Browse Prior Art Database

Minimum-Component Digital Very Large Scale Integration Game Adapter Interface

IP.com Disclosure Number: IPCOM000113344D
Original Publication Date: 1994-Aug-01
Included in the Prior Art Database: 2005-Mar-27
Document File: 4 page(s) / 140K

Publishing Venue

IBM

Related People

Drabenstott, TL: AUTHOR [+3]

Abstract

Game, or joystick, interfaces are widely used in multimedia applications. These interfaces are typically implemented using discrete components as shown in Fig. 1. This drawing illustrates a standard dual-joystick interface (two axes, X and Y, plus two buttons per joystick).

This text was extracted from an ASCII text file.
This is the abbreviated version, containing approximately 46% of the total text.

Minimum-Component Digital Very Large Scale Integration Game Adapter
Interface

      Game, or joystick, interfaces are widely used in multimedia
applications.  These interfaces are typically implemented using
discrete components as shown in Fig. 1.  This drawing illustrates a
standard dual-joystick interface (two axes, X and Y, plus two buttons
per joystick).

The interface operates as follows:

1.  The decode/control logic (typically implemented in a PAL) decodes
    a write to I/O address 201 on the PC system bus and sends a
    negative-going trigger signal to the 558 timer package (quad 555
    timer).

2.  Each of the timers activates on the trigger, and produces a pulse
    width proportional to the RC time constant of the circuit
    attached to the timer.  The R in this circuit is actually the
    current value of the potentiometer in the physical joystick unit.

3.  Signal lines carrying the timer output pulses together with
    signals indicating the state of the joystick buttons are combined
    and fed to a bus buffer.

4.  The decode/control logic decodes reads to address 201 and gates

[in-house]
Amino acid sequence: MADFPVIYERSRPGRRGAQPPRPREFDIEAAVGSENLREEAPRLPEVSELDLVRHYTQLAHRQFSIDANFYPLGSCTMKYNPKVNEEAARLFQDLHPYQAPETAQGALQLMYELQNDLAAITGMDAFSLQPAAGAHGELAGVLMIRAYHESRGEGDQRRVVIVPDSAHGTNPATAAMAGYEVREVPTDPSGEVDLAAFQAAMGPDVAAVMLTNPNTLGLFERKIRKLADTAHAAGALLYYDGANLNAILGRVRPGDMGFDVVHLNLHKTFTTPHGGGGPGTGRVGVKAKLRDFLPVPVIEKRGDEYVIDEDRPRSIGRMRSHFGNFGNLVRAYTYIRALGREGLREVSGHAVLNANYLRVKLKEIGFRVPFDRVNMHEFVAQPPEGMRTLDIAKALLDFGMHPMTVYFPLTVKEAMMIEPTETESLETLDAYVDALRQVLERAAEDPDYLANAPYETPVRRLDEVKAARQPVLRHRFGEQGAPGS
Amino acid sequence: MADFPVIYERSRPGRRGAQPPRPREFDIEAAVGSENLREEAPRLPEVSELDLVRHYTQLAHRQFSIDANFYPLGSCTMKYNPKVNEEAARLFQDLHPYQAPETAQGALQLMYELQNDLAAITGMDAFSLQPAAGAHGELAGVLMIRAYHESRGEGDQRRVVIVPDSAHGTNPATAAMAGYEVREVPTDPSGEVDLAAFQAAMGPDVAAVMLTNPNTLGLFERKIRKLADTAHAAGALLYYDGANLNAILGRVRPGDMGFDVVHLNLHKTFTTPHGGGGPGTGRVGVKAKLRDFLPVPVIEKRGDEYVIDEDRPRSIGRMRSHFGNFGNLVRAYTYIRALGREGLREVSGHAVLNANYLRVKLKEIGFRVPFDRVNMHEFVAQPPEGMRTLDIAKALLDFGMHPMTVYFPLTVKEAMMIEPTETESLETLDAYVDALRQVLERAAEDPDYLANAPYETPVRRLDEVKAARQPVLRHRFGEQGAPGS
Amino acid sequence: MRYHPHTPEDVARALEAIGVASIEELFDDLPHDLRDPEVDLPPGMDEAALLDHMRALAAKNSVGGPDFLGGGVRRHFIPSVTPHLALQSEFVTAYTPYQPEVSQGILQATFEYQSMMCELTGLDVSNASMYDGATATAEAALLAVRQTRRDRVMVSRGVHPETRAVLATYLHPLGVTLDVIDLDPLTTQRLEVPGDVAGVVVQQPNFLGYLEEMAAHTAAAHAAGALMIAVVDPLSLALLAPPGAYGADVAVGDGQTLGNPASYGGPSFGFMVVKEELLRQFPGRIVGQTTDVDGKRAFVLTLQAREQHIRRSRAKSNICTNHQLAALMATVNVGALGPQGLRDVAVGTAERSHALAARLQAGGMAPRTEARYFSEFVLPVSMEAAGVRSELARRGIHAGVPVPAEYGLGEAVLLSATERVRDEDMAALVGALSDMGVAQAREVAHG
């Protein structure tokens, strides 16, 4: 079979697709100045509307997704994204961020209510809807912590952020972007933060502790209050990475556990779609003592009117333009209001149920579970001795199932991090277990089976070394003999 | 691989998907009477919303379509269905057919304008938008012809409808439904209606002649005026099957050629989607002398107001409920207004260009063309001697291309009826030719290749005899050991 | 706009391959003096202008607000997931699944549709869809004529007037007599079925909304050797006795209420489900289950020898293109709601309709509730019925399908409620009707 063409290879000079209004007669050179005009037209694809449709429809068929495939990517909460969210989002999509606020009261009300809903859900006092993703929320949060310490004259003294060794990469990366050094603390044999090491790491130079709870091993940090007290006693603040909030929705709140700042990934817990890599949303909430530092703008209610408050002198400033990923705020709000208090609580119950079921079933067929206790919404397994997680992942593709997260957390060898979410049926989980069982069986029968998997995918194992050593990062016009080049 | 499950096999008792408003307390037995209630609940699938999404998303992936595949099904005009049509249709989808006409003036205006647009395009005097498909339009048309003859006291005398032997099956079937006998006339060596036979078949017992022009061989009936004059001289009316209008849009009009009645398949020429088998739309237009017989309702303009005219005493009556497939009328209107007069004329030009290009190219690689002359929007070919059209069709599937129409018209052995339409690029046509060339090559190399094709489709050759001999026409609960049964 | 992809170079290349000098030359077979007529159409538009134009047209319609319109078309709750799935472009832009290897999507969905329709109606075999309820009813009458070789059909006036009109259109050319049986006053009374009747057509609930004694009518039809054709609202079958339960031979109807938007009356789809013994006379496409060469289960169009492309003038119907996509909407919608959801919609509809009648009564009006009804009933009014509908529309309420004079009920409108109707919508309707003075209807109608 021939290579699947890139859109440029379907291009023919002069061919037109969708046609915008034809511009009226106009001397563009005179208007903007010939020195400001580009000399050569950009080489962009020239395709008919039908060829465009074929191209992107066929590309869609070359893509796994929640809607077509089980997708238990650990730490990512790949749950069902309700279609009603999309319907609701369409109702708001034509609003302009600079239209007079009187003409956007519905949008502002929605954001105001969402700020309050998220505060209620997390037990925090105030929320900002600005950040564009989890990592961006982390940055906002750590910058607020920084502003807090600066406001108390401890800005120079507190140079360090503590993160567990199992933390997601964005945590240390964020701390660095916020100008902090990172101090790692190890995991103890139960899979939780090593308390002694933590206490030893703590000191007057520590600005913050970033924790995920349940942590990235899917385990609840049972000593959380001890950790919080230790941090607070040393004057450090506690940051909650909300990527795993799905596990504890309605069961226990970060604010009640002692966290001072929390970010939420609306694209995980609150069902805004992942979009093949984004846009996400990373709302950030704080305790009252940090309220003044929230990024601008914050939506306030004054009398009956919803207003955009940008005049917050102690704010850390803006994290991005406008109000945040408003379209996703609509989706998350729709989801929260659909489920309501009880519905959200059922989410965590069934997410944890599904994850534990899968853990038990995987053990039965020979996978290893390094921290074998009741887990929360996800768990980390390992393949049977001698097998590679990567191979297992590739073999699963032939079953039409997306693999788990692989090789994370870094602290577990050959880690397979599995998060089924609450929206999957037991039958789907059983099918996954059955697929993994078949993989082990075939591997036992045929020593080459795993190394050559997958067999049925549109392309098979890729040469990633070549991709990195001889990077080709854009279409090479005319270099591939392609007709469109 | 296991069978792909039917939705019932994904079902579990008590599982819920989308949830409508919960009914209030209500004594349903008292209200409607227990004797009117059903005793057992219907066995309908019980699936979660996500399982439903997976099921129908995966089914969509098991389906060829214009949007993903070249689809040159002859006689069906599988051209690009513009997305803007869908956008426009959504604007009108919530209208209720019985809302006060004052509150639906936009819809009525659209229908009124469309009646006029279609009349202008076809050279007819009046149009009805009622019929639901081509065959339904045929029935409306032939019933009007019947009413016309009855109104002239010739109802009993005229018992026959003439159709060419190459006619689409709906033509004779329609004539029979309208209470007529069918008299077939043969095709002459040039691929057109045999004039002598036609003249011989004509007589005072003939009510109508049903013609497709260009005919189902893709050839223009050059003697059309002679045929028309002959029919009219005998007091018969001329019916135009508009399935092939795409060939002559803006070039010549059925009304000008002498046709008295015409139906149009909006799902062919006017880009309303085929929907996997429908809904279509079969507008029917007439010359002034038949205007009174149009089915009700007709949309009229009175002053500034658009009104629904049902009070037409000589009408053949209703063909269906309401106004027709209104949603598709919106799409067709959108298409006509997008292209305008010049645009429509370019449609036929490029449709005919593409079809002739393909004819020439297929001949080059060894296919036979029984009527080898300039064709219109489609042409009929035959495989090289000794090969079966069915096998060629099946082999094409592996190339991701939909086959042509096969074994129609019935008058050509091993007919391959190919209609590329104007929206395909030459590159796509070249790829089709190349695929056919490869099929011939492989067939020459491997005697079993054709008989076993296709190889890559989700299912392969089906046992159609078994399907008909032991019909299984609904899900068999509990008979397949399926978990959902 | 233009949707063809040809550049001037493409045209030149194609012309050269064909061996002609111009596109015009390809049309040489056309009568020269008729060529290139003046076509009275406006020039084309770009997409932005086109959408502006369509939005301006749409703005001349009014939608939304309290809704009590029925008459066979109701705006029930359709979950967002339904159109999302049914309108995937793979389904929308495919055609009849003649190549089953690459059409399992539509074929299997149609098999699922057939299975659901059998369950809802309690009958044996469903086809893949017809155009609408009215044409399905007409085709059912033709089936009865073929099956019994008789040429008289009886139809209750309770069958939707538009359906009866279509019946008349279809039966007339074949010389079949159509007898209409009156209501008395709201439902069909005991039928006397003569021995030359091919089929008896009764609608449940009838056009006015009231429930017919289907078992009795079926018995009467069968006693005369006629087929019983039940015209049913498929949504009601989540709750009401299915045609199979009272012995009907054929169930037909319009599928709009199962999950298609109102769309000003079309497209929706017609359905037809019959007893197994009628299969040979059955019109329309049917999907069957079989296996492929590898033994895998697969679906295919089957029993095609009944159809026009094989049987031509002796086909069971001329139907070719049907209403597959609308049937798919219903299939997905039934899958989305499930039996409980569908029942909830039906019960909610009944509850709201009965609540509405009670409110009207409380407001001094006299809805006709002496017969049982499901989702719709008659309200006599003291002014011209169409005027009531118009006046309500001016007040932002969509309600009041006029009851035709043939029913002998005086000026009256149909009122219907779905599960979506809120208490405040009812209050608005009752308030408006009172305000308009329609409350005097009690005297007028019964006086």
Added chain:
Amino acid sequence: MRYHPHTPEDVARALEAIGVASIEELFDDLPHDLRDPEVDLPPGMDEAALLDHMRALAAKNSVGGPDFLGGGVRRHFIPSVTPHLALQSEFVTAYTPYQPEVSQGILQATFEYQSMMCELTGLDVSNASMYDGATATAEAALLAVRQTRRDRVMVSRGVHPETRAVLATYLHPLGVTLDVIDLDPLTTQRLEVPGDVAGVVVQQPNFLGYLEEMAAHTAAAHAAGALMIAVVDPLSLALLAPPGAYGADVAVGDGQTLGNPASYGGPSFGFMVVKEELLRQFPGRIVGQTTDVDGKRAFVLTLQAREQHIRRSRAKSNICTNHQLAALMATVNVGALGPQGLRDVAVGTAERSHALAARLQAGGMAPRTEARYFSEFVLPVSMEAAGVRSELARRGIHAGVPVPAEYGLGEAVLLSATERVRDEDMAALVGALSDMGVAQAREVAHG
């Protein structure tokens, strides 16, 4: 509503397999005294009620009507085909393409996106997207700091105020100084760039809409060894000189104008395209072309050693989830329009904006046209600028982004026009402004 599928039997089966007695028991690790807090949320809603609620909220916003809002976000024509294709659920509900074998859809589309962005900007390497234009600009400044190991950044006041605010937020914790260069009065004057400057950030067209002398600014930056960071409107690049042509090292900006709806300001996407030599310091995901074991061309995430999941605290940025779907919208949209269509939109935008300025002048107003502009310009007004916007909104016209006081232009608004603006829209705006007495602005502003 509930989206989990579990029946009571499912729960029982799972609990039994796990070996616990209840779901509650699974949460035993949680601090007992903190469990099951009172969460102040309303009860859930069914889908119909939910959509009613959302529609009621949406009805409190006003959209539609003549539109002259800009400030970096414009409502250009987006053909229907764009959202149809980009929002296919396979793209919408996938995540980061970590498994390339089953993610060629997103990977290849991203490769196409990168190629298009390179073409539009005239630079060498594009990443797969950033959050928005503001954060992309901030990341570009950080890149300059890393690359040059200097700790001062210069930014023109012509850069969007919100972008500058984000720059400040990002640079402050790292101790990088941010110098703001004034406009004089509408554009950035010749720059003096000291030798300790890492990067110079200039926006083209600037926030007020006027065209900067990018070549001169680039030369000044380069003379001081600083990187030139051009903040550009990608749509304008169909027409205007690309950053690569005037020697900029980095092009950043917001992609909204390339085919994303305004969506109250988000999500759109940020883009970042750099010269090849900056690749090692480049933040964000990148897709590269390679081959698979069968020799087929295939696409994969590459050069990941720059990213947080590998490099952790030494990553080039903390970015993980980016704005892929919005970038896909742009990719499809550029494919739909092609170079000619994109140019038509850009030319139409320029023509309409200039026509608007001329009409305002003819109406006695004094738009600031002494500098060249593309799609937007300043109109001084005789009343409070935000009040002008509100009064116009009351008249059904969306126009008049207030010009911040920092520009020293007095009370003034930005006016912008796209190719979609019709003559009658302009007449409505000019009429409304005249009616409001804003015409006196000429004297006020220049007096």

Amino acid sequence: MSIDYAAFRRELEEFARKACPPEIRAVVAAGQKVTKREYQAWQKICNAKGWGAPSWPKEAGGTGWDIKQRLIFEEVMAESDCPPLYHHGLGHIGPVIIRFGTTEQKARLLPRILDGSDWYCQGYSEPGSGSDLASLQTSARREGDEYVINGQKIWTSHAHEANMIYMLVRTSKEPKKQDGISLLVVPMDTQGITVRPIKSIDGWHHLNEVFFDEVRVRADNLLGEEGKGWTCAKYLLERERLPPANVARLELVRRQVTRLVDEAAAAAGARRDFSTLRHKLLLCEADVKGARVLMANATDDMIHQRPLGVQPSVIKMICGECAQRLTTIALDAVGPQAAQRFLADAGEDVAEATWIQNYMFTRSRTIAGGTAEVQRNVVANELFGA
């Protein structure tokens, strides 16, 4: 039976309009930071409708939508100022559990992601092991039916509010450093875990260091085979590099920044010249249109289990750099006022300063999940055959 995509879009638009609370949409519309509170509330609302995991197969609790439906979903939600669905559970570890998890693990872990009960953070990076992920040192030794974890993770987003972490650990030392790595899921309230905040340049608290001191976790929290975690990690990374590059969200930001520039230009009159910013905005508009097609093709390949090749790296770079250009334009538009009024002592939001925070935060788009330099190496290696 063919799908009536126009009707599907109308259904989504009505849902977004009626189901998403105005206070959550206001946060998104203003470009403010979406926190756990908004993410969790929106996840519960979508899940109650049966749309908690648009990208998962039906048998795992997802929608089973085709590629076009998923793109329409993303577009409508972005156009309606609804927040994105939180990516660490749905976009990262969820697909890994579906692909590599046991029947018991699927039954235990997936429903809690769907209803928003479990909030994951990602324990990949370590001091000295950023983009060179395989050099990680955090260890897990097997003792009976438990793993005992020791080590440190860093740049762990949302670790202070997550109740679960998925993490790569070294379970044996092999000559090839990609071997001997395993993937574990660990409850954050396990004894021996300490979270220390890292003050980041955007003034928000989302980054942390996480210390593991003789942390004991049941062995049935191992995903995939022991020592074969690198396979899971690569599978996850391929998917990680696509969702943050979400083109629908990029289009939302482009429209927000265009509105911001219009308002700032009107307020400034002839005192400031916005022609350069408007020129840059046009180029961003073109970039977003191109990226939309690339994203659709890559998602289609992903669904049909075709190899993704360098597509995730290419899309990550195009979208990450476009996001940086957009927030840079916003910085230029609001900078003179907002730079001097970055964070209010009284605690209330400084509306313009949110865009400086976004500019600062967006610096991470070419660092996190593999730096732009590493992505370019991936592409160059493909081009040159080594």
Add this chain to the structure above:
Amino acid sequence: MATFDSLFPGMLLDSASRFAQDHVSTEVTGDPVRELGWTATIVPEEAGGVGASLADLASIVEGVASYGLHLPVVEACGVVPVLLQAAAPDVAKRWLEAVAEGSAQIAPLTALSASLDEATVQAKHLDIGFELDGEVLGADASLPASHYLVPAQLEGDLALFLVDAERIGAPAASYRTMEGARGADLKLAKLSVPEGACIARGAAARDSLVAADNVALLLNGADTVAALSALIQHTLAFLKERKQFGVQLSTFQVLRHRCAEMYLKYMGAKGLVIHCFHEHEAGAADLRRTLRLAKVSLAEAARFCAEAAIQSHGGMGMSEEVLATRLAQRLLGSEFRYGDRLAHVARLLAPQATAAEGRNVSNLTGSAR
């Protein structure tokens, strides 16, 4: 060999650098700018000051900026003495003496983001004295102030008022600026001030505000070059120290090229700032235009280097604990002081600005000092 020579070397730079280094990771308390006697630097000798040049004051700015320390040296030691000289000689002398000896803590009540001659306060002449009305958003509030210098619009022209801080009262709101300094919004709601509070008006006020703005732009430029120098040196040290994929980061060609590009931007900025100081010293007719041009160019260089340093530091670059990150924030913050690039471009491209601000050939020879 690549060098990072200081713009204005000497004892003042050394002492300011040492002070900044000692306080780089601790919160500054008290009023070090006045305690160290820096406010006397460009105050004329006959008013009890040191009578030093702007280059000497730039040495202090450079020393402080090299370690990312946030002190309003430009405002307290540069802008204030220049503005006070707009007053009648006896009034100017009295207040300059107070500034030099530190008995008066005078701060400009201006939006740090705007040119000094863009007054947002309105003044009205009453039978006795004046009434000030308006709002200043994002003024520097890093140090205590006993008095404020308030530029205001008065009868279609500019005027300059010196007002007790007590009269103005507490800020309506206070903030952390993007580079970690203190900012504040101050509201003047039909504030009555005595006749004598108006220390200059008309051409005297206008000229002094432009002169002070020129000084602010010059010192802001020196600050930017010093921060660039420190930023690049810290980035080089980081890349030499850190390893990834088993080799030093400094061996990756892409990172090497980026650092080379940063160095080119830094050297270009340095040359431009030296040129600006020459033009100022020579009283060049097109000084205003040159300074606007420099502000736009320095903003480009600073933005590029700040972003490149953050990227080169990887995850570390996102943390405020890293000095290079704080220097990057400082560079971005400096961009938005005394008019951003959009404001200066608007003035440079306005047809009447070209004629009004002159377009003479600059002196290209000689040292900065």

the stick/button signal line data onto the PC system bus data
    lines as an eight bit register value.

5.  The PC application software polls address 201 for enough time to
    measure the pulse width, providing information on stick position
    and button status.

      The discrete component cost of this approach can be as high as
several (1993) dollars, but this is still the correct approach for
designers building interfaces into systems using only generally
available (commodity) chips.  Recently multimedia system designers
have been incorporating high pin and device count Very Large Scale
Integration (VLSI) chips into their designs.  In many cases they have
control over some or all of the VLSI chip design (i.e., the chip is
an application specific integrated circuit or ASIC) and have
attempted to "sweep" as many discrete components as possible into the
ASIC for purposes of component bill of materials and physical design
size cost reduction activity.

      A typical "sweep" of joystick function into a VLSI package
incorporates the function of the bus buffer and address
decode/control logic in Fig. 1 but not the 558 timer.  Unless
multiplexed (requiring additional off-chip logic to demultiplex),
this requires nine pins on the VLSI package (one trigger, eight
signal).  The resulting solution does not eliminate all significant
external components and is costly in terms of scarce VLSI package
pins.

      We propose a solution which allows a VLSI "sweep" of the
interface that eliminates all external active components and requires
only five VLSI package pins.

      The solution employs the circuit shown in Fig. 2.  Note that
the only external components (other than the potentiometers in the
standard joystick) are eight small-signal diodes and a capacitor.

      Again, the obje...